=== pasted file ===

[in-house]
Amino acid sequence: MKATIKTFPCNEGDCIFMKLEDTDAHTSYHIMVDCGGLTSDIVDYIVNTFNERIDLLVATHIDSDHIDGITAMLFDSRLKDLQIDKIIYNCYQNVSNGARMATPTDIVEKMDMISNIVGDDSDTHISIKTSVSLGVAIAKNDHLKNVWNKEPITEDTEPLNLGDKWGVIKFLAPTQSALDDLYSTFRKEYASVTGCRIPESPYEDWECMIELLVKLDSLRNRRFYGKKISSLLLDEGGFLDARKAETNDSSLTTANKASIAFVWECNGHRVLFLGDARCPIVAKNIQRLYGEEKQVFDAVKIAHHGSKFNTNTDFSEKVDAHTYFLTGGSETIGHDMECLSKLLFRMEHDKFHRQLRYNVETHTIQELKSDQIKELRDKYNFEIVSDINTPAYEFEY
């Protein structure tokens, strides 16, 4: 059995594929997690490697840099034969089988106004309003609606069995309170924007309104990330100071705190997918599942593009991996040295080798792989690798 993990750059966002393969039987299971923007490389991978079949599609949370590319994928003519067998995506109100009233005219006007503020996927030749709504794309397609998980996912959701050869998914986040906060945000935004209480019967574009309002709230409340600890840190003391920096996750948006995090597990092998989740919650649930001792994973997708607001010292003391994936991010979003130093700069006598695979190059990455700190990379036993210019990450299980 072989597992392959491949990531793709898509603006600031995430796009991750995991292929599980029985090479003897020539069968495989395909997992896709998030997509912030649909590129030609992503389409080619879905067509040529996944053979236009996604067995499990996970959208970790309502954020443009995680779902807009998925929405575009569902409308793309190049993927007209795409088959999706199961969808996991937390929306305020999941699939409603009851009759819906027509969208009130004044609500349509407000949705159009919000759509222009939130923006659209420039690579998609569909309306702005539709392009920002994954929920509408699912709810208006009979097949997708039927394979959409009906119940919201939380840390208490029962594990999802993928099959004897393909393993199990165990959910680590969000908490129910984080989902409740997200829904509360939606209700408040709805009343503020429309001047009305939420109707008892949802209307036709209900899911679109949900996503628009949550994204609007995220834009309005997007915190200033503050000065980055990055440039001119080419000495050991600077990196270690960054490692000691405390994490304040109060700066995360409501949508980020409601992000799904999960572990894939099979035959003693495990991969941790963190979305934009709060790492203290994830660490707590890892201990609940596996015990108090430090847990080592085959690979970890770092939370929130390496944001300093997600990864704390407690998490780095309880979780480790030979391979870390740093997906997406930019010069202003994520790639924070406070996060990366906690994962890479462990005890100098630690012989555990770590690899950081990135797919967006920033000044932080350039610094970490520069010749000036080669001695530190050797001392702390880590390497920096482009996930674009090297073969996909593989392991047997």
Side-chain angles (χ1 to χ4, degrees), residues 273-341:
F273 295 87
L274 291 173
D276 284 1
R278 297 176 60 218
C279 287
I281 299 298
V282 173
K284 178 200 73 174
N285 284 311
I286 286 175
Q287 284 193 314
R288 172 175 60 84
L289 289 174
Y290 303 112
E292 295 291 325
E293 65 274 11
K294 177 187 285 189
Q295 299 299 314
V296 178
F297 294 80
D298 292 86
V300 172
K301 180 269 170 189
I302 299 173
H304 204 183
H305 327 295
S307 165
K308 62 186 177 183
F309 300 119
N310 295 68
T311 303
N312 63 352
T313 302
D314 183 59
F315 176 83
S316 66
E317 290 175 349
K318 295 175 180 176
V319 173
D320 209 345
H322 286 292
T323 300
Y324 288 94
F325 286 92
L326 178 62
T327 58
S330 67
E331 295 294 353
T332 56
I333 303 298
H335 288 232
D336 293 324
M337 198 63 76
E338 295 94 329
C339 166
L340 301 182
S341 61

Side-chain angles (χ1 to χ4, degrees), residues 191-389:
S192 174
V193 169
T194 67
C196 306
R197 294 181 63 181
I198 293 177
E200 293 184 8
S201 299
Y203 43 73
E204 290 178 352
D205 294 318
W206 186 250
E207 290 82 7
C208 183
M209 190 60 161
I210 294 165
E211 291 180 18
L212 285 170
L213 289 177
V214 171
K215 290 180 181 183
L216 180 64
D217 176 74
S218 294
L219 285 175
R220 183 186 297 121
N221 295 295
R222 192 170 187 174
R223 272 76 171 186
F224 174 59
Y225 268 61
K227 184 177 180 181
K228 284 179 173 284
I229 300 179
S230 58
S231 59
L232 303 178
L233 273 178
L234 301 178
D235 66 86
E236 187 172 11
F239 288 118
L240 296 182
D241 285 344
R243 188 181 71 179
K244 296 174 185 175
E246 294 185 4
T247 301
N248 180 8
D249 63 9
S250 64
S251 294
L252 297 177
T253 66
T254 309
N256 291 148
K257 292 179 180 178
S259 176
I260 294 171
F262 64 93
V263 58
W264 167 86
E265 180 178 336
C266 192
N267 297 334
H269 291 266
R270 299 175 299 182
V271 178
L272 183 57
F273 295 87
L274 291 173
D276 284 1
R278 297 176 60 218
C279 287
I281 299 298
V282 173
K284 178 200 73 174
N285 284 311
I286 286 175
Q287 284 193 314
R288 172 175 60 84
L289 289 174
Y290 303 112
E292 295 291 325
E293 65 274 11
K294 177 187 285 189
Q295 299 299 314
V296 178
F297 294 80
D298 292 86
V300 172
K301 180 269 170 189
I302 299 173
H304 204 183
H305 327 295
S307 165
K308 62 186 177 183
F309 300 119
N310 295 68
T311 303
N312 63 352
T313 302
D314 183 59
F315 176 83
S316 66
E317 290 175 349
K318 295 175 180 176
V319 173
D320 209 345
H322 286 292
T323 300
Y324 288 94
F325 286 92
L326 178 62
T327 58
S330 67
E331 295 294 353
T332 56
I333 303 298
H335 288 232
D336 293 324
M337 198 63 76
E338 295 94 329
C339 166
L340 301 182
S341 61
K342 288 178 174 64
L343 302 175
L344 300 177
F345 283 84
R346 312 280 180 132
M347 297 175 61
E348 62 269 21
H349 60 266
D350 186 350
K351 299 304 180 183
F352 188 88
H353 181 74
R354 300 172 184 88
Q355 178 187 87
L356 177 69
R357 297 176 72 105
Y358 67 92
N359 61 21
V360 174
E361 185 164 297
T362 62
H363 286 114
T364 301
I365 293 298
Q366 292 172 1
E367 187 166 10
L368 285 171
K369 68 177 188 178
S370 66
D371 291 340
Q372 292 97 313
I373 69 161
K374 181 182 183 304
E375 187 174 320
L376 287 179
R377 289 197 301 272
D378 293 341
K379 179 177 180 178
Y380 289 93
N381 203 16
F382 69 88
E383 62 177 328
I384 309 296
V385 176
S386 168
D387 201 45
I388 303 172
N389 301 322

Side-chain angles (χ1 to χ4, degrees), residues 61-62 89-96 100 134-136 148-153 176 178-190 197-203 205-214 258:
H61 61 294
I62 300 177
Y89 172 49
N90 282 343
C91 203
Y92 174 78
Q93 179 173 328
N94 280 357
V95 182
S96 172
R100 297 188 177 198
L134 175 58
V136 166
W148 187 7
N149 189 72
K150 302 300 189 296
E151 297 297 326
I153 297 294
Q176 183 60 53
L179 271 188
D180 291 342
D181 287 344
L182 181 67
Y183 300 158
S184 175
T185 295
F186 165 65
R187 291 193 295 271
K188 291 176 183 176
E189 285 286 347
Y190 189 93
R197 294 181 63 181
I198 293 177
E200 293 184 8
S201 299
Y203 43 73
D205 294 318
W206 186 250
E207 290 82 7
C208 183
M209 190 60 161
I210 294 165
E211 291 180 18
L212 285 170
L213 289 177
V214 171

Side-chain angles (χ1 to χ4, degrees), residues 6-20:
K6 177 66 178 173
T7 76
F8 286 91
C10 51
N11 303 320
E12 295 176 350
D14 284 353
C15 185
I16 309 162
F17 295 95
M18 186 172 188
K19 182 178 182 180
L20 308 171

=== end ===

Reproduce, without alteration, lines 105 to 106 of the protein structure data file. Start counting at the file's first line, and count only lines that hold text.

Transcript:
L240 296 182
D241 285 344